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Jamie K. Wolff, Michelle Harrold, Tracy Hertneky, Eric Aligo, Jacob R. Carley, Brad Ferrier, Geoff DiMego, Louisa Nance, and Ying-Hwa Kuo

Abstract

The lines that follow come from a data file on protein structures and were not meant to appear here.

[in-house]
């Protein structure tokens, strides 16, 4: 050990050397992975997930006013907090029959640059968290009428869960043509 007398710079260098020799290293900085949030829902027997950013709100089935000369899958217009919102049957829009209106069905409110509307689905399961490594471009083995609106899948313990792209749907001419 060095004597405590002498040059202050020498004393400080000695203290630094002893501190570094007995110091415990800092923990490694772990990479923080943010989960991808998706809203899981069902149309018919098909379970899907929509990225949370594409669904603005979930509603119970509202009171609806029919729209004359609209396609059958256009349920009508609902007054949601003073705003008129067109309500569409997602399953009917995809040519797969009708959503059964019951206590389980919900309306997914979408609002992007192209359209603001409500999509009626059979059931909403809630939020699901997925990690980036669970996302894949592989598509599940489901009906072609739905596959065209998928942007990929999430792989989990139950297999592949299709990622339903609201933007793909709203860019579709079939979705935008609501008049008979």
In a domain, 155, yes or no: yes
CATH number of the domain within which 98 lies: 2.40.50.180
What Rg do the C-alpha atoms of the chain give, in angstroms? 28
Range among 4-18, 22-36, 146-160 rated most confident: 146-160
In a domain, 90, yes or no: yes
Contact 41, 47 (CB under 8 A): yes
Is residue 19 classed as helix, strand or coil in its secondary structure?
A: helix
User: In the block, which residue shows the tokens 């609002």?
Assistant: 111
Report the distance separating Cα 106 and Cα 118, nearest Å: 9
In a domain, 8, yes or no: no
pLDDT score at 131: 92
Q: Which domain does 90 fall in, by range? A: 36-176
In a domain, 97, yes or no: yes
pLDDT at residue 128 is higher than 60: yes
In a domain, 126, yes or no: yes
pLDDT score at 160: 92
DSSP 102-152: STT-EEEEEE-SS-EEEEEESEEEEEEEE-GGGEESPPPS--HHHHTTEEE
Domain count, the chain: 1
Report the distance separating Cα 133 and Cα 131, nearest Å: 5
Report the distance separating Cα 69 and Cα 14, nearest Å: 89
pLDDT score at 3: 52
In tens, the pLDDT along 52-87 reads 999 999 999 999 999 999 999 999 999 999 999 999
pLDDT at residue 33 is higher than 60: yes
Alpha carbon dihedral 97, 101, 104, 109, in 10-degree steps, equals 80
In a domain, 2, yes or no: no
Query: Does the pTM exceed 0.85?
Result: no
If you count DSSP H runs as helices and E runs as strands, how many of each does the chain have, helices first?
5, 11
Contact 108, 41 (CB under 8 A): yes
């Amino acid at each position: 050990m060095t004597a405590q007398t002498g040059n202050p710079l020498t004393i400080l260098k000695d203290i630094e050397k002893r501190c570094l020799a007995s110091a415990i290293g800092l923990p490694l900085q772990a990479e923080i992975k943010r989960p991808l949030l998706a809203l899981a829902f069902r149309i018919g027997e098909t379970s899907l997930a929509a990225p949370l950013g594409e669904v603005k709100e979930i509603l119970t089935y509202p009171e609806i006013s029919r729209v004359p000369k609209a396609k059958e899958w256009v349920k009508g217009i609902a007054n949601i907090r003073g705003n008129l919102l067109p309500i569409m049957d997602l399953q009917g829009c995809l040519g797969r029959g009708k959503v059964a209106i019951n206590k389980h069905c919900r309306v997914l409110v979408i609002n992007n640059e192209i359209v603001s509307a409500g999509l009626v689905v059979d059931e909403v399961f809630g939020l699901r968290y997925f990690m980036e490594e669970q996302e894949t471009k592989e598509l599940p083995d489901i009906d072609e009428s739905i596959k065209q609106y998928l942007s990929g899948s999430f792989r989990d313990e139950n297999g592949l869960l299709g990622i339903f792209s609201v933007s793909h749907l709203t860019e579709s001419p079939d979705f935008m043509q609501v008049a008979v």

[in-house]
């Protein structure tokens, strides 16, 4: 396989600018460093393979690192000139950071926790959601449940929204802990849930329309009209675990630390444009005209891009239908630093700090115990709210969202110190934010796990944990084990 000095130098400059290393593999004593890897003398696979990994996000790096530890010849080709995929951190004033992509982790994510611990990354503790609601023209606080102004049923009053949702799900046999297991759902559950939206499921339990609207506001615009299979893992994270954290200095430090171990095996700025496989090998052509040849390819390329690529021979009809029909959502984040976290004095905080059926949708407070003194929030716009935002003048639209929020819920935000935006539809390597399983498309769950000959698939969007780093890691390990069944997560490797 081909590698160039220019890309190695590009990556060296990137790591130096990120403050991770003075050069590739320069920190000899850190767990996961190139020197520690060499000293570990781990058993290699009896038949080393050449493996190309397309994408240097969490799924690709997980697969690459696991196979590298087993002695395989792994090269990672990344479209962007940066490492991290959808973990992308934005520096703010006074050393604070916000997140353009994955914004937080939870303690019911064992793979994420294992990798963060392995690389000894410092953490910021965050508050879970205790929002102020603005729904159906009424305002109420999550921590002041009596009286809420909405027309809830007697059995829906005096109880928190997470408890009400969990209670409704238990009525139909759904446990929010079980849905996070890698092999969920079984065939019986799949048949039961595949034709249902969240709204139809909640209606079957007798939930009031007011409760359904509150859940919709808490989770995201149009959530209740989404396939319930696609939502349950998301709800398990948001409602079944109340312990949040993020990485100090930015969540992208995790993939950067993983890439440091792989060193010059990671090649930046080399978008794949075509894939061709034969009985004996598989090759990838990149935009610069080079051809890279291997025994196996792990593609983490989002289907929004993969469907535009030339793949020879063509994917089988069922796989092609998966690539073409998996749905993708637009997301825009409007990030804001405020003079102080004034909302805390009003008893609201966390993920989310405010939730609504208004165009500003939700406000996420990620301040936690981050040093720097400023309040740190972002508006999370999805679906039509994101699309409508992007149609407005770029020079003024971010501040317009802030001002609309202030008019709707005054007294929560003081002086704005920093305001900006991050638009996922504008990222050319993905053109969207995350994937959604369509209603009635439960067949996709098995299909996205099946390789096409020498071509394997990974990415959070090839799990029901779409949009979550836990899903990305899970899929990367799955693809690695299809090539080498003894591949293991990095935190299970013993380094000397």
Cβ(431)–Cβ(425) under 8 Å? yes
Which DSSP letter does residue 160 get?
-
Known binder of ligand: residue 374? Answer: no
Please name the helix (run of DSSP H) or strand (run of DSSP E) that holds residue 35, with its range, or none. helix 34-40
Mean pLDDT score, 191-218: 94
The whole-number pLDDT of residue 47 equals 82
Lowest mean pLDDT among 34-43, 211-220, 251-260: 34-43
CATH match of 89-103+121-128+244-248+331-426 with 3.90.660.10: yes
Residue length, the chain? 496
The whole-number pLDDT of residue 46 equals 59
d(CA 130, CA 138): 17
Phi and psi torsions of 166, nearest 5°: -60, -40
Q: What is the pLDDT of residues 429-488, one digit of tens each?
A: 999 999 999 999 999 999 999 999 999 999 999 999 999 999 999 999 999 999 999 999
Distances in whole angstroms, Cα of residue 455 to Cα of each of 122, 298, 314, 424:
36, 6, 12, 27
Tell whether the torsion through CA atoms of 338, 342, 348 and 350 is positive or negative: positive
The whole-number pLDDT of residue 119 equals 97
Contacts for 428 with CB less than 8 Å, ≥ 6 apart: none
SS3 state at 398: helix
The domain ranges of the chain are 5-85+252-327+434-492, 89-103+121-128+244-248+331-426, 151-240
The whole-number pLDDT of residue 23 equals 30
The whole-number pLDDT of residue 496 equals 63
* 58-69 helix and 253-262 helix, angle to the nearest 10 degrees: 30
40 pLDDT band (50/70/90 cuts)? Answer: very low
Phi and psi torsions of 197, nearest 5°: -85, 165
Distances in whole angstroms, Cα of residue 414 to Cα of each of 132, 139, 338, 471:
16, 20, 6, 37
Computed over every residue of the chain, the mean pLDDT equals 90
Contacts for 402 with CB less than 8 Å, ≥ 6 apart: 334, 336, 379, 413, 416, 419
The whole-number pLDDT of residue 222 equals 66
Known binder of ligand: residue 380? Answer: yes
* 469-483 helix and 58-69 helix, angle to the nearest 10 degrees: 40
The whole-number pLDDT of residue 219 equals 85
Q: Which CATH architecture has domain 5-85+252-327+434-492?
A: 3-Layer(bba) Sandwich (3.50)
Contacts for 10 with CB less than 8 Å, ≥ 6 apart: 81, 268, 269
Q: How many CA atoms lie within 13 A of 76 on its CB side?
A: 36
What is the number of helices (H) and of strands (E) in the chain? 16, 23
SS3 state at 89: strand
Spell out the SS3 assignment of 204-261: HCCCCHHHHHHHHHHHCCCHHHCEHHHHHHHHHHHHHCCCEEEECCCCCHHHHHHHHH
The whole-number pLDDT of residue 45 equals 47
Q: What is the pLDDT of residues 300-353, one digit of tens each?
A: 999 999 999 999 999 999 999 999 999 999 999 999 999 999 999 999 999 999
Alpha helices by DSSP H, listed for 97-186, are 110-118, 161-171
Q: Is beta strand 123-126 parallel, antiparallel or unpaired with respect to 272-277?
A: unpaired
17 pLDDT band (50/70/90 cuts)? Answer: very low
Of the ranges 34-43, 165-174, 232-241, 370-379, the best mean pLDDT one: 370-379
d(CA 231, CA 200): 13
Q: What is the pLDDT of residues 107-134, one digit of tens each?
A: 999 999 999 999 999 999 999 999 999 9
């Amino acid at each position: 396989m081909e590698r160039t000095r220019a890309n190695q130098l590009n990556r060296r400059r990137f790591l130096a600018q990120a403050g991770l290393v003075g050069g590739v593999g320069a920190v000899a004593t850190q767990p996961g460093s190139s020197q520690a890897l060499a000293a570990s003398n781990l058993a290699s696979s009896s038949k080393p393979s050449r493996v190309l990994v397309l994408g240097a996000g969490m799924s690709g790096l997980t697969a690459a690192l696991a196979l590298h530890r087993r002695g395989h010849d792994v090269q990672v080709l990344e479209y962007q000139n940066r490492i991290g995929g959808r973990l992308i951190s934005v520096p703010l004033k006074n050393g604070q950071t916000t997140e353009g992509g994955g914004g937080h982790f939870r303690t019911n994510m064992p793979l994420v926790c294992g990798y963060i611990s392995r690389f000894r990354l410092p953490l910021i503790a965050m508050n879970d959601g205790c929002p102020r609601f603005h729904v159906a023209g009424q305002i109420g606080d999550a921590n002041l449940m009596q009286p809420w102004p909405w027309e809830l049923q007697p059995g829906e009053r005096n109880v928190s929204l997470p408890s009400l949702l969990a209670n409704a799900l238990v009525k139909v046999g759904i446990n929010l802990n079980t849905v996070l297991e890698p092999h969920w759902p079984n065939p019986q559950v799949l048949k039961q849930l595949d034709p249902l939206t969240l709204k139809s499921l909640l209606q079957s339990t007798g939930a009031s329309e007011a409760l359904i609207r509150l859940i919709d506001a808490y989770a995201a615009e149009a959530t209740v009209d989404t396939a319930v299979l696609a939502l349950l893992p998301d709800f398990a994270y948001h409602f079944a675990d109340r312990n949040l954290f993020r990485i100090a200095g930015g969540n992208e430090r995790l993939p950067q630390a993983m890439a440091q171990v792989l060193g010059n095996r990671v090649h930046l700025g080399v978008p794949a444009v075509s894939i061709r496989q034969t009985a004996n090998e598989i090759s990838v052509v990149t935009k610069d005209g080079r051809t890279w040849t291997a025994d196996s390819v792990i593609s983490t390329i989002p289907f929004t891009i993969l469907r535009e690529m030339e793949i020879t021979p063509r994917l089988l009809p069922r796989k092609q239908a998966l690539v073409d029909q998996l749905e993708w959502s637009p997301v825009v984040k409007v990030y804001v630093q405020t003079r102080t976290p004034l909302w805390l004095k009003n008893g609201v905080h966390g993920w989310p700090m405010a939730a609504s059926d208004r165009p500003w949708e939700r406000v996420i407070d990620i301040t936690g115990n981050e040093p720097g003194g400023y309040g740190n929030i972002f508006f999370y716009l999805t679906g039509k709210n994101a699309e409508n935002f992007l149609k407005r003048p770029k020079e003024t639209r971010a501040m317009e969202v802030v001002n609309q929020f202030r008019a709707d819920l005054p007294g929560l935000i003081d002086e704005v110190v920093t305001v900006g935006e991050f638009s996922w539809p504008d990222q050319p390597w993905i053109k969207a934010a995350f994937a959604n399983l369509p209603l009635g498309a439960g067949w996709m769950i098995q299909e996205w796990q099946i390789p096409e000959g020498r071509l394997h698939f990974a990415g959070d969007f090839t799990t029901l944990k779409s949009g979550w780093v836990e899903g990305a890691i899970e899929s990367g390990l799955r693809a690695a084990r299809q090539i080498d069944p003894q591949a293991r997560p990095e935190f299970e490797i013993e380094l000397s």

A wide range of numerical weather prediction (NWP) innovations are under development in the research community that have the potential to positively impact operational models. The Developmental Testbed Center (DTC) helps facilitate the transition of these innovations from research to operations (R2O). With the large number of innovations available in the research community, it is critical to clearly define a testing protocol to streamline the R2O process. The DTC has defined such a process that relies on shared responsibilities of the researchers, the DTC, and operational centers to test promising new NWP advancements. As part of the first stage of this process, the DTC instituted the mesoscale model evaluation testbed (MMET), which established a common testing framework to assist the research community in demonstrating the merits of developments. The ability to compare performance across innovations for critical cases provides a mechanism for selecting the most promising capabilities for further testing. If the researcher demonstrates improved results using MMET, then the innovation may be considered for the second stage of comprehensive testing and evaluation (T&E) prior to entering the final stage of preimplementation T&E.